Here is why Scott Walker appoints a business person like Cathy Stepp as secretary of the Department of Natural Resources.
The Green Bay Packers organization wants to develop land adjacent to Lambeau Field as part of a sports-shopping-entertainment complex. Working through a board member and successful businessman John Bergstrom, the Packers lined up a nice fit: Bass Pro Shops. Or so they thought.
Turns out of the 20 acres in question sat 1.6 acres of low-quality, purple loosestrife-infested wetlands. In exchange for converting that acreage, the Titletown Development would restore 4 acres of wetlands elsewhere. Doing so exceeds the ratio of 1.5 to 1 required by the state in similar projects. (Brazee Lake, aka "the Old Lake," was restored that way when the DOT expanded Highway 151 between Sun Prairie and Columbus.)
In the zero sum game played by the environ-mentalists, that was no good. State environmental officials had approved a permit for the project, but the Wisconsin Wetlands Association challenged the decision, forcing a process that could tie up the project for months.
Republicans introduced a bill to accommodate the sporting goods store.
Four Democrats led by Rep. Brett Hulsey countered with a letter to the founder and CEO of Bass Pro Shops, Inc., urging them to keep their store and its 150-300 jobs out of Wisconsin.
Hulsey and the others told Bass Pro founder John Morris and Jim Hagale, president and CEO of the company, that they were concerned that the project would "bypass Wisconsin's wetland conservation laws to build a Bass Pro Shop on wetlands in the municipality of Ashwaubenon..."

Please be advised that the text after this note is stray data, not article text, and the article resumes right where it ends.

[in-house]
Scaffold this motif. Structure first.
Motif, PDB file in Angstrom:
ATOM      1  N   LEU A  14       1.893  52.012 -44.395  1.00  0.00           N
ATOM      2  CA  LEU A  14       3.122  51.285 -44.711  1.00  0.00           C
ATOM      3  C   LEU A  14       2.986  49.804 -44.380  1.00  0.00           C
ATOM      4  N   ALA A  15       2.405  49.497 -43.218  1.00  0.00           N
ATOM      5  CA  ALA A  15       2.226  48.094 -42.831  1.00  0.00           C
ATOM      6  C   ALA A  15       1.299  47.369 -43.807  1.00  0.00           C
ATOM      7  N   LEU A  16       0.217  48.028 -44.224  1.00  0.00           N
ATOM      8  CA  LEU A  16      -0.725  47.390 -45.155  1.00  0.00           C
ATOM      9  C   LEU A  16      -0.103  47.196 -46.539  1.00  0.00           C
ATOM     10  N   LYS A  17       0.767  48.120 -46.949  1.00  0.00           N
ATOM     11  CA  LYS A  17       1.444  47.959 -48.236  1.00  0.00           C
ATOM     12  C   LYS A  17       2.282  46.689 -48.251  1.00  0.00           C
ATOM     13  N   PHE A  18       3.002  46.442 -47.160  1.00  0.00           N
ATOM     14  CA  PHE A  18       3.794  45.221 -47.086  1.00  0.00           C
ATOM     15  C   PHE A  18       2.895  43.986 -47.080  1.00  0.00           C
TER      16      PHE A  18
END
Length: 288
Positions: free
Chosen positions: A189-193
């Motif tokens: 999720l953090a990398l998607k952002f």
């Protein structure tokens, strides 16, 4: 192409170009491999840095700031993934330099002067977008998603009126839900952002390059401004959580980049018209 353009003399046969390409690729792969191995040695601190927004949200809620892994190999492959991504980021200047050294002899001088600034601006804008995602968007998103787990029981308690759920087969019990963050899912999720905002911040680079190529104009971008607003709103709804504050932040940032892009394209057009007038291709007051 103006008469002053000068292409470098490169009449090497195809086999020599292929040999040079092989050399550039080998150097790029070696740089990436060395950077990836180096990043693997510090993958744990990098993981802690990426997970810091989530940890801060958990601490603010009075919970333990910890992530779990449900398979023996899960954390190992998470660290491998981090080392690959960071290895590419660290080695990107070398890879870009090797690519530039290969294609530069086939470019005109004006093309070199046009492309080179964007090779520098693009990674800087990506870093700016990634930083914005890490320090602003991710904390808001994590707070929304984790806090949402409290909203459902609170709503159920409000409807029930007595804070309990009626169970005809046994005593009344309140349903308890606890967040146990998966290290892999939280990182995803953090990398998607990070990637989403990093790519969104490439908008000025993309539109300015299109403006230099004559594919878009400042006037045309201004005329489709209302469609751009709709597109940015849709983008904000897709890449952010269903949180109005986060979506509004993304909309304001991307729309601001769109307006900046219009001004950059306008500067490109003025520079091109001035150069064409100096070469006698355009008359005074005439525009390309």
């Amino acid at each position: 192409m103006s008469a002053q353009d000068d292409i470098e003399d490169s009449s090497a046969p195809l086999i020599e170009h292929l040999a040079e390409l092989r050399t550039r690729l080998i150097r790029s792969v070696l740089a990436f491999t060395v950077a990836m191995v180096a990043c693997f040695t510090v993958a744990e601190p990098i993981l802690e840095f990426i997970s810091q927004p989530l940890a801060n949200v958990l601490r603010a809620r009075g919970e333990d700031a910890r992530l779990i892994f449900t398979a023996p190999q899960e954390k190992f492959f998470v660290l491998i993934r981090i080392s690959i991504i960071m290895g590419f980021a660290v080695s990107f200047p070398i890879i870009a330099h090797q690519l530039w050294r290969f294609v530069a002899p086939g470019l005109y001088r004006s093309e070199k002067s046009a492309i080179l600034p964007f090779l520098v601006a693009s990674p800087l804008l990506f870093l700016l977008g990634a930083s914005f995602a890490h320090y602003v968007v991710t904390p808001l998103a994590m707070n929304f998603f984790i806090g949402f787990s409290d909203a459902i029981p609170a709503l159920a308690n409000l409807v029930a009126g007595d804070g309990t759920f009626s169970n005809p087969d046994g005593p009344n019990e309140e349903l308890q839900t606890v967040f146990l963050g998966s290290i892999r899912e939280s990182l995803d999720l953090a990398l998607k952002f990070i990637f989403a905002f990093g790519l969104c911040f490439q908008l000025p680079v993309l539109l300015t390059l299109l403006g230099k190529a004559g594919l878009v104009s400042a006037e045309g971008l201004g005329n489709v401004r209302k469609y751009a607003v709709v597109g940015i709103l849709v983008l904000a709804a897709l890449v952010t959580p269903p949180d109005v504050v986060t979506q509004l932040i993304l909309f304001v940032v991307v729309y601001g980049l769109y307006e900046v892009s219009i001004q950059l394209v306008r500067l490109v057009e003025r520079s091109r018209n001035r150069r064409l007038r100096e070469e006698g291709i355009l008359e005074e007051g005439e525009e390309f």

"Please contact Rep. Brett Hulsey's office immediately," the letter concluded.
Bass Pro Shops had been blackmailed. Few companies, especially one catering to sportsmen, want that kind of publicity. They catch on pretty quickly when they're not wanted.
The Environmental Law and Policy Center was delighted.
DNR says only 1.65 acres of wetlands would be lost, and in exchange the developer agreed to rid the site of invasive plants that would eventually destroy the wetlands anyway.
"By not doing this project what you have is a wetland that's going to lose it's value over time," Bruce Baker, administrator for DNR's water division, said. "That's why this project as far as we're concerned is really an enhancement of the wetlands on the site."
Last we heard, George Meyer's Wisconsin Wildlife Federation countered by asking Bass Pro Shops to reconsider pulling out of the project. Good for them.
Meanwhile, the Milwaukee Journal-Sentinel reports, State Sen. Bob Cowles, one of the better environmentalists in the Legislature, said:
"This is no wetland. I walked the site and I thought, 'This whole hubbub is about this site?' Come on!"
Reagan, a President for our times
We continue our tribute to the greatest president in the last 60 years, Ronald Reagan. His centenary is this Super Bowl Sunday.
Barely a week into his presidency, the new President cast what he would later call "the evil empire" into sharp relief.
Soviet leadership had "openly and publicly declared that the only morality they recognize is what will further their cause, meaning they reserve unto themselves the right to commit any crime, to lie, to cheat."
The assembled Washington press corps responded with what National Security Adviser Richard V. Allen described as "an audible gasp." A Washington Post editorial crabbed that this "good-vs.-evil approach risks missing what legitimate opportunity for honorable accommodation there may be." -- Wall Street Journal: 01-31-2011.
I said that Barack Obama's State of the Union was "afternoon in America." Here is the real thing:
The inimitable George Hesselberg on Twitter:
I was just reminded that the Southern Hemisphere World Naked Bike Ride is just 7 weeks away. It's always hard to decide what not to wear.